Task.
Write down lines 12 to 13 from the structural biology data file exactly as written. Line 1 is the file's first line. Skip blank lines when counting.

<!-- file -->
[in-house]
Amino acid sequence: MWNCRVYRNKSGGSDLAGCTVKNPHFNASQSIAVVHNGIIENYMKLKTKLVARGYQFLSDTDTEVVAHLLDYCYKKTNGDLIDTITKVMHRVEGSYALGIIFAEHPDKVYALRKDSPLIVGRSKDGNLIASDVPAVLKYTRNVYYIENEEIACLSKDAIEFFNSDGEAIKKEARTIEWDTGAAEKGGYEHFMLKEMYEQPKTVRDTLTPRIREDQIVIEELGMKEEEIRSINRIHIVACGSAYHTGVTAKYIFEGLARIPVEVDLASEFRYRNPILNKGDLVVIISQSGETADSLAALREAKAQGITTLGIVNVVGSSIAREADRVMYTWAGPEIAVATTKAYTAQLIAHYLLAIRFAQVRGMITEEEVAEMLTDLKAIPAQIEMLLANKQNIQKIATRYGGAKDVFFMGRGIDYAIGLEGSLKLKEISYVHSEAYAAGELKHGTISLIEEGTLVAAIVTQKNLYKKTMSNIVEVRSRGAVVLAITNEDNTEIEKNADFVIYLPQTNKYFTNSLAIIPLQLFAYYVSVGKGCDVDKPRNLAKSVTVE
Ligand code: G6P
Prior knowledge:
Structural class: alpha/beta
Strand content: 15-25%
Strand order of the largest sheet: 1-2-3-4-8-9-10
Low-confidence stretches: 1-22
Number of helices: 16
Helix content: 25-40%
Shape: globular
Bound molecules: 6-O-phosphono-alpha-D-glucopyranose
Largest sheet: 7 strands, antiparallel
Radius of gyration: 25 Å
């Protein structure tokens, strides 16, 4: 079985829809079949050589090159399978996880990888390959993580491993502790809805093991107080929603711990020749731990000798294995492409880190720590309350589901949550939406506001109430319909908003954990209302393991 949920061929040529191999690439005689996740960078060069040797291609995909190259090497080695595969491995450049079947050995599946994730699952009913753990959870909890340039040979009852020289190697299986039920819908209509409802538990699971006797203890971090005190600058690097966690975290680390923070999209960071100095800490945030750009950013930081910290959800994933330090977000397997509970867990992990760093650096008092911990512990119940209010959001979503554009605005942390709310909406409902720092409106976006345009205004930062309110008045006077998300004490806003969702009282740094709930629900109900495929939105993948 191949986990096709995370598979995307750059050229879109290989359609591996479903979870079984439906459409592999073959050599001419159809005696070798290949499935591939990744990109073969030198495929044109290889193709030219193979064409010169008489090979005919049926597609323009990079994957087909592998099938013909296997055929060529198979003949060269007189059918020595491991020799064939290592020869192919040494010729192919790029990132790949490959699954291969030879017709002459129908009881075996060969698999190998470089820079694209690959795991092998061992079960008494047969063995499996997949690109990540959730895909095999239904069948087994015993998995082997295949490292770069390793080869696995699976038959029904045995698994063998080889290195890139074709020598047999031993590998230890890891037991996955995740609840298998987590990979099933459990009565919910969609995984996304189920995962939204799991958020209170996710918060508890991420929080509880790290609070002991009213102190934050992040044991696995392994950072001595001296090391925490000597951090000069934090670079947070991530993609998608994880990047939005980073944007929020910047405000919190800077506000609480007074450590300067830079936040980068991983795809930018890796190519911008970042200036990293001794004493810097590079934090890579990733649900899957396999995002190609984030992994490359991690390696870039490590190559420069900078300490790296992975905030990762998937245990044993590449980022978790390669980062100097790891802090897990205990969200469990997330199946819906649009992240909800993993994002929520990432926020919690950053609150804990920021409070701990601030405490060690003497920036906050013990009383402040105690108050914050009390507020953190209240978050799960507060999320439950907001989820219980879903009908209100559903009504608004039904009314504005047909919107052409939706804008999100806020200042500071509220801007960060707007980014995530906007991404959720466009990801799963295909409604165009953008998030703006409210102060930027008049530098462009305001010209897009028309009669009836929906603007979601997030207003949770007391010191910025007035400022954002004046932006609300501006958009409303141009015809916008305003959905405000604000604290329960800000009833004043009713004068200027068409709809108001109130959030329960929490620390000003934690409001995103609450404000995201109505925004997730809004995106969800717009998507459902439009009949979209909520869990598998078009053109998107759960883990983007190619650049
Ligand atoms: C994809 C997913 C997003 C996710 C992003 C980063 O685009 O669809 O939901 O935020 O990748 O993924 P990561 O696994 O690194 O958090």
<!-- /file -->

Bound molecules: 6-O-phosphono-alpha-D-glucopyranose
Largest sheet: 7 strands, antiparallel